The audience gave props to Sharp, who was in the house and went onstage to perform his own wistful "Monica" in both sets, earning him standing ovations and the recognition he has been denied for too long. He confessed to being a bit nervous, in the spotlight after decades in the shadows, but performed, in fine voice, with aplomb. All in all, it was a delightful show.

Miller’s talent is apparent in all that she does, in her passion for music and her effortless performance of it. She has come a long way in just a few short years, from the sweet lyrics of her first pop CD, "Her Life," through her first jazz offering, "Talk to Me Nice." Personal tragedy has marked both her and Sharp’s lives, and the result is a more mature, fully realized collaboration, bringing richness, power and intent to the lyrics of Sharp’s pen.
Miller’s joyful discovery of Sharp – or his discovery or her – was a happy coincidence that seems to have turned the fates of both. Lucky, we who get to hum along.
- Julia Park, Alameda Sun

"Miller's Latest CD Looks Sharp"

Listening to Natasha Miller’s new CD, "I Had a Feelin’" – Miller’s tribute to the songbook of another Alamedan, songwriter Bobby Sharp — is a pleasure, and not a guilty one. In fact, if there is one thought that encapsulates the entire collection it is this: He writes like a gentleman and she sings like a lady.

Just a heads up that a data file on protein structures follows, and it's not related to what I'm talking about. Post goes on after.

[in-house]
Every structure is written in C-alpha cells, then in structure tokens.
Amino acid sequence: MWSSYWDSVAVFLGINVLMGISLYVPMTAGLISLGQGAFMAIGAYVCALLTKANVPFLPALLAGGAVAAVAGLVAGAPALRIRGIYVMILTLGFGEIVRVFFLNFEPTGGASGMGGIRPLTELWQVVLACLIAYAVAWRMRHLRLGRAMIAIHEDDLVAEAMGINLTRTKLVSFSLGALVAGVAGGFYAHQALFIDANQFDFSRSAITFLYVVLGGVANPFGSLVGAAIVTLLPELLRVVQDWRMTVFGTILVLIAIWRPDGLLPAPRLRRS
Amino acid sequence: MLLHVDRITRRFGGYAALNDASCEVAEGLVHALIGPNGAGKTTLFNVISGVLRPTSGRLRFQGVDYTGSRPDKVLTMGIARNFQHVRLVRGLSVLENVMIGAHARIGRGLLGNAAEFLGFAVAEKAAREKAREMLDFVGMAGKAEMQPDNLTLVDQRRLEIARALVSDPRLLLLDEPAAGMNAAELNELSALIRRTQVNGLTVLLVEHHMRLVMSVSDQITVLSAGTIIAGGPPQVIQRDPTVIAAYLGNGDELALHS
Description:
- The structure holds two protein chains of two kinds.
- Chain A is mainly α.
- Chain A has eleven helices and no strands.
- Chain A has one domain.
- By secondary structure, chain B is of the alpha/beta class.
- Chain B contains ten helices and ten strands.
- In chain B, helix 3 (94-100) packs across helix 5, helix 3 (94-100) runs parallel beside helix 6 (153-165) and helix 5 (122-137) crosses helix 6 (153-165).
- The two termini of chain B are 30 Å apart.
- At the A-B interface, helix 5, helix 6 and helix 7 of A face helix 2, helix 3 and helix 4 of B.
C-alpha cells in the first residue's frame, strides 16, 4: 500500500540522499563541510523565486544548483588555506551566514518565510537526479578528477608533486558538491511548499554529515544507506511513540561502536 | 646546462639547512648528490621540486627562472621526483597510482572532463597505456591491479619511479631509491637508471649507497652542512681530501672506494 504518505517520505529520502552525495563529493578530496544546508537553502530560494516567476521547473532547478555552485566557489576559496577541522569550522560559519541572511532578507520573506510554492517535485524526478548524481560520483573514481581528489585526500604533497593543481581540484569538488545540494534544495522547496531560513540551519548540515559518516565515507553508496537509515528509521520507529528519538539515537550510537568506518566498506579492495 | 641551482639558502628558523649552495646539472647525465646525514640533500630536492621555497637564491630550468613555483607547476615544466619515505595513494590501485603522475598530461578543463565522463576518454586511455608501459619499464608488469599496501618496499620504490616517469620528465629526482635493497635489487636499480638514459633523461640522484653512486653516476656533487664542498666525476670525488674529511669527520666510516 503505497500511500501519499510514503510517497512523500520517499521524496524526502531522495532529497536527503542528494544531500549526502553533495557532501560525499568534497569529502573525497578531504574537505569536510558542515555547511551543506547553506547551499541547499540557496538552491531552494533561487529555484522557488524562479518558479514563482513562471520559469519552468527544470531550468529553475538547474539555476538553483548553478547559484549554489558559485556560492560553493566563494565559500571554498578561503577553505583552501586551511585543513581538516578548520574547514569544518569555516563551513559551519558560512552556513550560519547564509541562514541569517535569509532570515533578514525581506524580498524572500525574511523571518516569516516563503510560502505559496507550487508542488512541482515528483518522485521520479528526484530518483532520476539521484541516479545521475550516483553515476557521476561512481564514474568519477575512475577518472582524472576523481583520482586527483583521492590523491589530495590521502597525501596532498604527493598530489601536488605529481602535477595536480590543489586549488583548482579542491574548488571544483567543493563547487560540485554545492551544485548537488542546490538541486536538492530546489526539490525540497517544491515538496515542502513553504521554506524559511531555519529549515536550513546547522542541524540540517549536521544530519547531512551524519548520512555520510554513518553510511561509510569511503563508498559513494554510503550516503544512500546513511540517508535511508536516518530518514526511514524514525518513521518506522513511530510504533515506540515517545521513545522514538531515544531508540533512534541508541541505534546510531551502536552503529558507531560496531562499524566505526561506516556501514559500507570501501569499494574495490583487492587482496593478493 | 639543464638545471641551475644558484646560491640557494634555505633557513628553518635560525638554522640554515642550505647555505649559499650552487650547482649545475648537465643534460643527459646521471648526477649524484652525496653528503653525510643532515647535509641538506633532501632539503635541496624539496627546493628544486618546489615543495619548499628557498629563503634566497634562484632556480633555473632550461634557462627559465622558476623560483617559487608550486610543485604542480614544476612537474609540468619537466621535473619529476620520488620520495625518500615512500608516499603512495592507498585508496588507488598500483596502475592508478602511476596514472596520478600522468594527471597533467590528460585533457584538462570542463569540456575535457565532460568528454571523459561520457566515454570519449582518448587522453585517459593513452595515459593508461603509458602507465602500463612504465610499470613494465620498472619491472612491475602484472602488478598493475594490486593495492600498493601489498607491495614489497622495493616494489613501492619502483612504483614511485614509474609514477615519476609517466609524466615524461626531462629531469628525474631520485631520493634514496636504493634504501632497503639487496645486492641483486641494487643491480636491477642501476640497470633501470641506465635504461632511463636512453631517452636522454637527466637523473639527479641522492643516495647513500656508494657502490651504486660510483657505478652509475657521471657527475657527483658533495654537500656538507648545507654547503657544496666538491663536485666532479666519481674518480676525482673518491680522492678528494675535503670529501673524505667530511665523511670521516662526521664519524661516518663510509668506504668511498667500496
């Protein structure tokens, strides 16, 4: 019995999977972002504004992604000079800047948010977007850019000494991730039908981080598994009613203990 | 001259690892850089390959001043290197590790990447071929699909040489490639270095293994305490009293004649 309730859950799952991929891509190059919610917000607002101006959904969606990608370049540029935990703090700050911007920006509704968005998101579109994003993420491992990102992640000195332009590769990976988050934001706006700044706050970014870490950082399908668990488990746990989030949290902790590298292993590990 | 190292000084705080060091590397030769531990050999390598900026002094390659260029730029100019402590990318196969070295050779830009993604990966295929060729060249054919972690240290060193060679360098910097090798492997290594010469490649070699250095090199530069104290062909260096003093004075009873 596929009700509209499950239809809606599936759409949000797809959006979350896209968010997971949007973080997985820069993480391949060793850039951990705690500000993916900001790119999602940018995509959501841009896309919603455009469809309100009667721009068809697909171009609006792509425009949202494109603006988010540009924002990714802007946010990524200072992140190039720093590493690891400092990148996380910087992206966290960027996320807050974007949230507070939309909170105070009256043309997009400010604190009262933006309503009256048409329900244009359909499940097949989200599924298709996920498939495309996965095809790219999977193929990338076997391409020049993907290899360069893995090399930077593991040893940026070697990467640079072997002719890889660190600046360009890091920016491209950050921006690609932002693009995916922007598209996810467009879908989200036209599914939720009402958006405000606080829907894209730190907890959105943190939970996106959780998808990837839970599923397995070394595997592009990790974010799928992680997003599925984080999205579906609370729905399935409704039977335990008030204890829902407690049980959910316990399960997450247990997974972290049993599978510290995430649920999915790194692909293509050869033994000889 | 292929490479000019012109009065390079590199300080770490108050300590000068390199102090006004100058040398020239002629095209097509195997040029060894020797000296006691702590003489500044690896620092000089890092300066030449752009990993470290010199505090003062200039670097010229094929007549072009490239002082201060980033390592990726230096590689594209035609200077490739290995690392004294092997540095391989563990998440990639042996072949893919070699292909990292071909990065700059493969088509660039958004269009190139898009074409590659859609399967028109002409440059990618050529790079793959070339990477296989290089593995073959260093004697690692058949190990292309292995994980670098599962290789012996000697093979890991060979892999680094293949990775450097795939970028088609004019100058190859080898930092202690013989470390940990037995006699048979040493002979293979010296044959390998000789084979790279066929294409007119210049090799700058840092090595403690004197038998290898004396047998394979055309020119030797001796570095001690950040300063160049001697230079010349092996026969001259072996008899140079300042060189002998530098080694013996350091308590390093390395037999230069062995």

Miller has just released this, her third CD, in collaboration with Sharp, the songwriter who penned the hit song “Unchain My Heart” made famous in 1961 by Ray Charles, and later, Joe Cocker. Sharp had been out of the music business for more than 30 years when he happened to hear Miller in an interview on jazz radio station KCSM last year, promoting her first jazz collection. He loved her voice and sent her his music, including never-before-heard gems and his most notable songs, including “Unchain My Heart,” “My Magic Tower” and others.

Miller was so moved by the music and by her new friendship with Sharp that she decided to record 11 of his songs as a tribute to him. The album was recorded with Sharp standing at Miller’s side. The collection of songs tells a poignant story of longing, loss and heartache, buoyed by sass and spunk, with a classic jazz feel that harks back to the Cotton Club and other nightspots in Harlem from which Sharp took his inspiration firsthand.

Produced by Miller, along with her bassist/recording engineer Jon Evans, who tours with singer Tori Amos, "I Had a Feelin’" also offers the opportunity to hear Miller’s voice at her most sophisticated.